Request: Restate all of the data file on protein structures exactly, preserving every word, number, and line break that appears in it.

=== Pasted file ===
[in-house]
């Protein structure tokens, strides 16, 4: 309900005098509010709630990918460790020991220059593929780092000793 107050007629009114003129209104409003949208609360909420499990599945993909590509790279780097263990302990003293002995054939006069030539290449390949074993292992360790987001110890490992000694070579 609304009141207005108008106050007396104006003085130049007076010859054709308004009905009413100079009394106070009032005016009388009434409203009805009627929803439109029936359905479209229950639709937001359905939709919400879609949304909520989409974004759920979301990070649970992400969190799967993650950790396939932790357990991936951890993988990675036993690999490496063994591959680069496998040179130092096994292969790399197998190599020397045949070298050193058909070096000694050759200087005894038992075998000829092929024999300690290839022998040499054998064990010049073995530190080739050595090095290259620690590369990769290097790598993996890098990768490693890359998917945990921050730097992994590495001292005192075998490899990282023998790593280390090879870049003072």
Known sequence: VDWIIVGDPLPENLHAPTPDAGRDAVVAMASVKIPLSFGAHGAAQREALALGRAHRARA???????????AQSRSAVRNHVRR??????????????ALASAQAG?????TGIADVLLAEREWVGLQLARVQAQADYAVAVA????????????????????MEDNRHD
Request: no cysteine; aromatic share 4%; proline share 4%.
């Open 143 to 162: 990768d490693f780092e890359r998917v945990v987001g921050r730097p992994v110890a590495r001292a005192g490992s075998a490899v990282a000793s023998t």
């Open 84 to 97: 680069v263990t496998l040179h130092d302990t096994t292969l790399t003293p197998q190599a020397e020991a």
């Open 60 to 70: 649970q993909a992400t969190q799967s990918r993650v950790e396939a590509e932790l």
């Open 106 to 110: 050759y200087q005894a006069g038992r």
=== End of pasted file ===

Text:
[in-house]
């Protein structure tokens, strides 16, 4: 309900005098509010709630990918460790020991220059593929780092000793 107050007629009114003129209104409003949208609360909420499990599945993909590509790279780097263990302990003293002995054939006069030539290449390949074993292992360790987001110890490992000694070579 609304009141207005108008106050007396104006003085130049007076010859054709308004009905009413100079009394106070009032005016009388009434409203009805009627929803439109029936359905479209229950639709937001359905939709919400879609949304909520989409974004759920979301990070649970992400969190799967993650950790396939932790357990991936951890993988990675036993690999490496063994591959680069496998040179130092096994292969790399197998190599020397045949070298050193058909070096000694050759200087005894038992075998000829092929024999300690290839022998040499054998064990010049073995530190080739050595090095290259620690590369990769290097790598993996890098990768490693890359998917945990921050730097992994590495001292005192075998490899990282023998790593280390090879870049003072």
Known sequence: VDWIIVGDPLPENLHAPTPDAGRDAVVAMASVKIPLSFGAHGAAQREALALGRAHRARA???????????AQSRSAVRNHVRR??????????????ALASAQAG?????TGIADVLLAEREWVGLQLARVQAQADYAVAVA????????????????????MEDNRHD
Request: no cysteine; aromatic share 4%; proline share 4%.
């Open 143 to 162: 990768d490693f780092e890359r998917v945990v987001g921050r730097p992994v110890a590495r001292a005192g490992s075998a490899v990282a000793s023998t």
């Open 84 to 97: 680069v263990t496998l040179h130092d302990t096994t292969l790399t003293p197998q190599a020397e020991a």
């Open 60 to 70: 649970q993909a992400t969190q799967s990918r993650v950790e396939a590509e932790l």
């Open 106 to 110: 050759y200087q005894a006069g038992r």